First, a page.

Legacy -- The Generative Way

Photo of walking path to bridge over creek
(Credit: Stephane Mignon)

It happened during the "Me Decade," a time when calls to "self-fulfillment" and "self-actualization" filled the air. The 1970s. I was in my thirties then, wondering about the wisdom of investing so much in a self that was going to die. I wanted to know what would go beyond Me.

So I turned to a word coined by the psychoanalyst Erik Erikson, but about which he said little: generativity. In articles entitled "Generative Humanity" and "Religion, Psychology and the Sterile Self" I asked readers to think about fertility in a broad, even spiritual, sense. In a book called Outliving the Self I told the stories of eight people trying to make their lives matter. A ten-year retrospective appeared in the Journal of Aging Studies.

Later, in Make It Count, I laid out a generative "Way," arranging stories--from life, from research, from spiritual sources--into a kind of path. An overview came in an address I delivered in Kyoto's Daikaku-ji Temple. Another presentation in Kyoto asked "What Makes a Culture Generative?" Then came "Generativity and the Gift of Meaning," a little piece that interprets an elder tale from India.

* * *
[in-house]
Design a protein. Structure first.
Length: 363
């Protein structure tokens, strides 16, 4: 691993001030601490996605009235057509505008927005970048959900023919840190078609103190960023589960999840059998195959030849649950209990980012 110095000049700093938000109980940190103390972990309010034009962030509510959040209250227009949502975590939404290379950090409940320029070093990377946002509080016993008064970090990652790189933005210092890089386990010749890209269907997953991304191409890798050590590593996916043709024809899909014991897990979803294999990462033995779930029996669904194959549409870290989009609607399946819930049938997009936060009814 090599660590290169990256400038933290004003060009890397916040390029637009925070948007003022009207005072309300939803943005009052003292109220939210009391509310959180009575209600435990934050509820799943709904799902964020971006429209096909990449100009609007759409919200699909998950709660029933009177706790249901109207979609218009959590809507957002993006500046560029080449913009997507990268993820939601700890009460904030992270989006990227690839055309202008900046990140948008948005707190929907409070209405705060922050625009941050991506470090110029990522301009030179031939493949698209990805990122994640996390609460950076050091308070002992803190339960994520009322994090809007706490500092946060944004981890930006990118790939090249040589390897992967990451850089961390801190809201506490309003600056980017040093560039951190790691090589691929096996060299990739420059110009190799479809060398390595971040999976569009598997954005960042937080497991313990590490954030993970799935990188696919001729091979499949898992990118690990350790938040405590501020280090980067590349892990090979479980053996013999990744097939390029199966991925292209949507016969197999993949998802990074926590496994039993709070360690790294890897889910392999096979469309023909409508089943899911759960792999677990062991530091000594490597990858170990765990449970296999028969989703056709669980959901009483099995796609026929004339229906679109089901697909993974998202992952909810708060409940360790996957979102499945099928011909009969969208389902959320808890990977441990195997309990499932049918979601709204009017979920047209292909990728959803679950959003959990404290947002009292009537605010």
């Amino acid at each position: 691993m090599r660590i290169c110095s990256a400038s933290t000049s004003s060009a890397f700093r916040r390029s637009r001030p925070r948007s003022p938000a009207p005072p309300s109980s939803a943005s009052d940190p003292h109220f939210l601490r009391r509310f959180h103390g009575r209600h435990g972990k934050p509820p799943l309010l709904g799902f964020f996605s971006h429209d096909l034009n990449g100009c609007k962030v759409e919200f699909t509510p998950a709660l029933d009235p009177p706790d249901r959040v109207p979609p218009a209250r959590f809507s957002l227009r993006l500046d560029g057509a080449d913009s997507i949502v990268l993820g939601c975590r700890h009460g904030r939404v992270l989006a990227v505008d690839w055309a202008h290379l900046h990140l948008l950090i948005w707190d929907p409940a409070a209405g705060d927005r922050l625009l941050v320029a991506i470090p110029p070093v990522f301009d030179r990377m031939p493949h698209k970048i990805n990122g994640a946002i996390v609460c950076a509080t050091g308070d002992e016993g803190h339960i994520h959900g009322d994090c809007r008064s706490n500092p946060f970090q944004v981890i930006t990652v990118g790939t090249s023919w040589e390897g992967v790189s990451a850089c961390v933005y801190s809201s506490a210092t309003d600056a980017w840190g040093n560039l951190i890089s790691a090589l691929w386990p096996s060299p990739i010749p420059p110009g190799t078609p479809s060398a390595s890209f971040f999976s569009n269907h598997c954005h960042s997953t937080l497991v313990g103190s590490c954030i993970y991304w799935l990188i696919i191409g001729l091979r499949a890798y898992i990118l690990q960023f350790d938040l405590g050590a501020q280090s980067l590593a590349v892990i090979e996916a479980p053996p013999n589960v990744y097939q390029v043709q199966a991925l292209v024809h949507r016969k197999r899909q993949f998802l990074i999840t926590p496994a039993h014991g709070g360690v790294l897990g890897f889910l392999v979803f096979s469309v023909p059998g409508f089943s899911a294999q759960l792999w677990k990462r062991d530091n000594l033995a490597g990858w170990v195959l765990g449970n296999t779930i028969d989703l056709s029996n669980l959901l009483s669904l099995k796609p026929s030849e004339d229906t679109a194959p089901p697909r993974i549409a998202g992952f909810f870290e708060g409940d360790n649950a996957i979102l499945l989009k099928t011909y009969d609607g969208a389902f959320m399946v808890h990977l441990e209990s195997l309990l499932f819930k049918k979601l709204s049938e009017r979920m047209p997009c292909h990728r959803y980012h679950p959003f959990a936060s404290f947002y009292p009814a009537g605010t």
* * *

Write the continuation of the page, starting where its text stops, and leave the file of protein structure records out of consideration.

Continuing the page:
Now, entering my eighties, I travel lightly, carrying only distillations. I believe ...

• That, in order to create for the future, we have to talk to the past. It can be difficult: the fish is the last to discover the water.

• That curses, as well as blessings, come down the generational chain.

• That people stand up to such curses. They absorb the damage, bear the scars, but let it go no further. They are "intergenerational buffers."

• That calls to create come from deep within our nature. They also come knocking at our door, interrupting everything.

• That good come mixed with bad. Sow one, you will sow the other.

• That nothing is too small to leave behind. Even a smile can save a life.

• That we see little of what we actually do leave behind.

• That what we call our legacy was never ours in the first place. Ask Ozymandias about building a statue to yourself.

• That, as we near the end, we need to see what's rising up, sown by whomever. Our witness is its sunlight, our job to call it forth.

• That seeds remain viable for centuries, even millennia. An Arctic flower grew after 32,000 years.

• That faith in a Transcendent is required from the beginning to the end of the generative process. Some say faith is illusory. I say put it in the drinking water.

 Back to Top